- About Us
- Anne Writes
- A is for Airplane
- Christmas Past, Christmas Present(s)
- Frugal Finds & Fixes
- Charlotte Mason Education
- Herbartianism Posts
- Why you should read Romola
- CM Volume Three Posts
- CM Volume Four Posts
- CM Volume Five Posts
- CM Volume Six Posts
- Crocheting Posts
- Project 333, Winter 2016-2017: A Little Different
- Project 333: Winter's End 2017
Monday, April 29, 2013
Frugal tips for fashionable dolls
1. Thread and notions: Thread is expensive, but you can generally get away with a few basic colours, or, if you're lucky, small or old part-spools of more interesting colours. Keep enough bobbins wound with the basic colours so that you won't use "have to wind bobbins" as an excuse for not sewing. A lady who taught me sewing and craft lessons years ago used nothing but clear thread in all her craft sewing--she could not be bothered ever changing colours. (She was also known for her phrase, "what we can't glue, we don't do.")
Quarter-inch elastic is a real basic, in ruffled sleeves and in the waists of pants and skirts. Half-inch will work too, at least in waistbands. You might not want to use dollar-store elastic in your own clothes or other places it will get hard wear, but for the fairly gentle use it will get in dolls' clothes, it should work fine.
I've tried Velcro on doll clothes, but the adhesive kind doesn't always stick that well, and the sewn kind can be hard to sew on, either by hand or machine. You also have to keep buying it new--I don't see much used Velcro. So most of the doll clothes I sew now have snaps on them--I keep finding vintage packets at rummage sales. Sewing snaps on isn't the quickest thing either, but it's something to do while listening to the radio at night.
2. Fabric: Old clothes can be a great source of fabric, if they're not too worn. (Holes are okay--you can cut around those--but fabric that's worn out or stained isn't going to look good.) Plain-coloured or small-print pillowcases (from the thrift store) can be good, and they have lots of fabric in them. Knit (stretchy) fabrics can be a lot harder to work with than woven types, so unless you have a very co-operative machine, a serger, or just like a challenge, stay away from anything with Lycra. (If you need a really stretchy piece of clothing, think about knitting or crocheting it instead.) If you're recycling items of children's clothing, you might be able to use some parts of them as-is, such as using sleeves for pant legs, or at least making use of a nice finished edge. Try fitting a pattern piece (such as a pants pattern) onto an existing clothes item; you might be able to save yourself a couple of seams.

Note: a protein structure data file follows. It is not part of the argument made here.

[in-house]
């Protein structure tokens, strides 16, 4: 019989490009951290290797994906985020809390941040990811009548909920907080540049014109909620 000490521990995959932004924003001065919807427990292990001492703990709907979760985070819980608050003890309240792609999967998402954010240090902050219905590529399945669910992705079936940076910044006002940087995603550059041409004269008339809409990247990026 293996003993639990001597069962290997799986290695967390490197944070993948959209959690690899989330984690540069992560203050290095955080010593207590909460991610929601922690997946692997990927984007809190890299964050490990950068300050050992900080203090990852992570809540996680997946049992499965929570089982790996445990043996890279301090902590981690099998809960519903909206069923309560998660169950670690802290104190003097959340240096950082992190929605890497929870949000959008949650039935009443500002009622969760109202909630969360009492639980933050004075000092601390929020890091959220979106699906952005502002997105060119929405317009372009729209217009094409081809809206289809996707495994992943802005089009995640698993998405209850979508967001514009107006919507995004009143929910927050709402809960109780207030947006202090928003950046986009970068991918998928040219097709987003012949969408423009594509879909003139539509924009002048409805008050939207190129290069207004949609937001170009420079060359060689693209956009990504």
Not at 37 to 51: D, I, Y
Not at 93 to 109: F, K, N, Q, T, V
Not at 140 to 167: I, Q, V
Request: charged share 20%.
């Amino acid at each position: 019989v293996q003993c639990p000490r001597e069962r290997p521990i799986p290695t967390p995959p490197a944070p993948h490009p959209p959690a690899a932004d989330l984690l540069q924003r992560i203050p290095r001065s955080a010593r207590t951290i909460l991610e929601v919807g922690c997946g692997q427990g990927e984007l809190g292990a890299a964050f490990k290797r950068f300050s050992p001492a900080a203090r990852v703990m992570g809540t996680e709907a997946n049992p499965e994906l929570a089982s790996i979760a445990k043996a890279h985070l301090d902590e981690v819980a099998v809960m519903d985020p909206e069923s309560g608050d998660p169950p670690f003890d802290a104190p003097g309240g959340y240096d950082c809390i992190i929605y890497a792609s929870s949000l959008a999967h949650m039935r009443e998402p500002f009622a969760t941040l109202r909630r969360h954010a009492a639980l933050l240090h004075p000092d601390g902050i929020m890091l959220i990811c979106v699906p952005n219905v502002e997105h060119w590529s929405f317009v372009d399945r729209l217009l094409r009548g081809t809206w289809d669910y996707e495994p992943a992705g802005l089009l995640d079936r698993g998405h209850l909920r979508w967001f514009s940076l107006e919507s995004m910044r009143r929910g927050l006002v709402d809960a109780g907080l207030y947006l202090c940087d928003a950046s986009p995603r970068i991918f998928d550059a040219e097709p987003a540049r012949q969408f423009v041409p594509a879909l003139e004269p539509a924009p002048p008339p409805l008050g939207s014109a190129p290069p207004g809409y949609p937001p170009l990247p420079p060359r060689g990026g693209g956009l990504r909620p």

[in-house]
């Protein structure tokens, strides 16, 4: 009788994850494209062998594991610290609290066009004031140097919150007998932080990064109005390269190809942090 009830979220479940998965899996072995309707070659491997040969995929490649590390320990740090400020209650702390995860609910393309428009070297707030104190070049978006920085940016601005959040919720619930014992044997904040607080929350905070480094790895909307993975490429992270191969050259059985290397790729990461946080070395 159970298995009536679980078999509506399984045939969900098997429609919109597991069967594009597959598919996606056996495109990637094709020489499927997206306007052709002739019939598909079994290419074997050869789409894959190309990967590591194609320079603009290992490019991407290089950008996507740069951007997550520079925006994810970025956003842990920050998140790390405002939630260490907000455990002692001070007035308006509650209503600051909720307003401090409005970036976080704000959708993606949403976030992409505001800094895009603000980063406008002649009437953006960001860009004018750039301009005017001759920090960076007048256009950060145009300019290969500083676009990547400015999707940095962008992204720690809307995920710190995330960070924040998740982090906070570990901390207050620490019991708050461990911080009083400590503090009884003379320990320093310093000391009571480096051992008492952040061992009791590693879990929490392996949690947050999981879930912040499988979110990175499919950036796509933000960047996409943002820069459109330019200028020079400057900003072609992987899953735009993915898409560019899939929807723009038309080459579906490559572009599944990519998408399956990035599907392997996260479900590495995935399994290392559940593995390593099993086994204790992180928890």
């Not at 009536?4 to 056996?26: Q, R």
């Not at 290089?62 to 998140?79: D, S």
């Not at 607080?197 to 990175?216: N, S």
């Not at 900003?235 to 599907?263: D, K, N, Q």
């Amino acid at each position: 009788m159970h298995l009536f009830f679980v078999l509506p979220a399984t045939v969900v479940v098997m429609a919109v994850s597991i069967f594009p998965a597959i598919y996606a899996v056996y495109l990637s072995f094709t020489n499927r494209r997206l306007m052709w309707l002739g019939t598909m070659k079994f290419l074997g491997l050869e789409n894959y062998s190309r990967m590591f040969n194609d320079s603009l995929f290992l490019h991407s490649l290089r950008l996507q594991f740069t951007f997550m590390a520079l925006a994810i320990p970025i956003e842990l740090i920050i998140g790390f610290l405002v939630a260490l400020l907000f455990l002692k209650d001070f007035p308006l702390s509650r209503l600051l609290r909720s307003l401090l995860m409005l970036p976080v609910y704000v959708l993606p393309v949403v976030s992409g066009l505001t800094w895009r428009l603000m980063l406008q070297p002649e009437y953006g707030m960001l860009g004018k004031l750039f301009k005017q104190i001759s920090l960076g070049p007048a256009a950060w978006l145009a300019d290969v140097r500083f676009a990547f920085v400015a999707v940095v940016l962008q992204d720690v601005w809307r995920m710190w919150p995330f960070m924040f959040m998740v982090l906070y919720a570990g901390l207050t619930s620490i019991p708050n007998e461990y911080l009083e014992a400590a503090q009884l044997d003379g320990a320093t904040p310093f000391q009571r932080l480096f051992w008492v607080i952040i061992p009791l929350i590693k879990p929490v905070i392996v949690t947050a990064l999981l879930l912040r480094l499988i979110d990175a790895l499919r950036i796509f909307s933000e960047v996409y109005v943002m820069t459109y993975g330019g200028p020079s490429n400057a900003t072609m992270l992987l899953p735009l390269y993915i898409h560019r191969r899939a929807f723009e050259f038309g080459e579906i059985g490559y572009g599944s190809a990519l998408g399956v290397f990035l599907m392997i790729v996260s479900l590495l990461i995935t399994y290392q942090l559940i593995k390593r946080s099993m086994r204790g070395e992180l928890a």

If you're buying a grab bag or miscellaneous bunch of fabric, think about the overall value of what you're getting. If you get a large package of odds and ends for a dollar or two, and use only one piece or make only one item of clothing, that's still a much better deal than paying for ready-made doll clothing. Take a chance, and if you find you can't use most of what's in there, you can always send it on. (We bought a pack like that recently, and it turned out to be largely fake leather and suede pieces--most of them were too heavy for doll use. But there were a few good pieces in there too.)
If a skirt calls for a rectangle 22 inches wide, and your piece is only 18 inches wide, you might be able to patch in an extra piece from somewhere else on the fabric. If the fabric's dark enough and you hide it at the back, it probably won't be noticed. (The dark corduroy skirt above has an extra panel in the back, but you have to look closely to see it.) You can also patch in other-coloured side panels (or a bottom panel if you're short on length), and make it look like it was done on purpose. Real-people clothes use ideas like that all the time--different-coloured sleeves, colour-blocked dresses.
3. Fabric #2: What's in a name? I've posted before about how we went looking for fat quarters, and ended up with bandannas of several colours and prints. They were the same size as a fat quarter, and much cheaper. (Then there are the plaid pants in the photo below, made from dollar-store men's boxer shorts.)
5. Explore your doll's personality and style. I'm serious. If you don't know, ask the owner what her doll likes to do and what her favourite colours are. Does she look like she fits a particular decade or style? Dollygirl's Crissy, a vintage '70's doll, looks good in groovy clothes, which is a good thing since the patterns we have for her are all bell-bottoms and long vests. American Girl Kit is meant to be from the 1930's, and for some reason Kit does look particularly good in vintage-y styles. Dollygirl doesn't usually put Kit in fleece pants and jean vests; it's just not her particular vibe.
wrap dress; Crystal got a smock top and shorts.
6. Have fun sewing. Forcing bias tape around a bolero jacket is not worth bad language and blood. Crochet one instead. Or make the doll a poncho. Do what you like doing, and what will make your young clothes-users (live and stuffed) happy.
Photos by Dollygirl.
Linked from Festival of Frugality #390 at Frugal Rules.